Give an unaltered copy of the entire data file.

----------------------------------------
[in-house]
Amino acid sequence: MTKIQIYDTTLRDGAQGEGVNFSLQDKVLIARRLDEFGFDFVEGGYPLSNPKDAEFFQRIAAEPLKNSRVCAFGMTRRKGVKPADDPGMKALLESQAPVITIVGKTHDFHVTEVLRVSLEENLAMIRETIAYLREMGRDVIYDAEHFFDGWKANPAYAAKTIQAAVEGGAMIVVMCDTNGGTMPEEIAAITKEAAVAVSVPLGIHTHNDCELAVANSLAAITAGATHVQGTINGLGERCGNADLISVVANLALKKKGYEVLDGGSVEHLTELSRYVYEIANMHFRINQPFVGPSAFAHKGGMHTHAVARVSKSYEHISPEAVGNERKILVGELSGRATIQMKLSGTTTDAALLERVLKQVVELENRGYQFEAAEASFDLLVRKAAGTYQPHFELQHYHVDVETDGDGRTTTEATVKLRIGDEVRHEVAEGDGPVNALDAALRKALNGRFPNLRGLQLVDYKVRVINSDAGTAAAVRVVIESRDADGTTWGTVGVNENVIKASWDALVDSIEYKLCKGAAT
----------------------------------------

[in-house]
Amino acid sequence: MTKIQIYDTTLRDGAQGEGVNFSLQDKVLIARRLDEFGFDFVEGGYPLSNPKDAEFFQRIAAEPLKNSRVCAFGMTRRKGVKPADDPGMKALLESQAPVITIVGKTHDFHVTEVLRVSLEENLAMIRETIAYLREMGRDVIYDAEHFFDGWKANPAYAAKTIQAAVEGGAMIVVMCDTNGGTMPEEIAAITKEAAVAVSVPLGIHTHNDCELAVANSLAAITAGATHVQGTINGLGERCGNADLISVVANLALKKKGYEVLDGGSVEHLTELSRYVYEIANMHFRINQPFVGPSAFAHKGGMHTHAVARVSKSYEHISPEAVGNERKILVGELSGRATIQMKLSGTTTDAALLERVLKQVVELENRGYQFEAAEASFDLLVRKAAGTYQPHFELQHYHVDVETDGDGRTTTEATVKLRIGDEVRHEVAEGDGPVNALDAALRKALNGRFPNLRGLQLVDYKVRVINSDAGTAAAVRVVIESRDADGTTWGTVGVNENVIKASWDALVDSIEYKLCKGAAT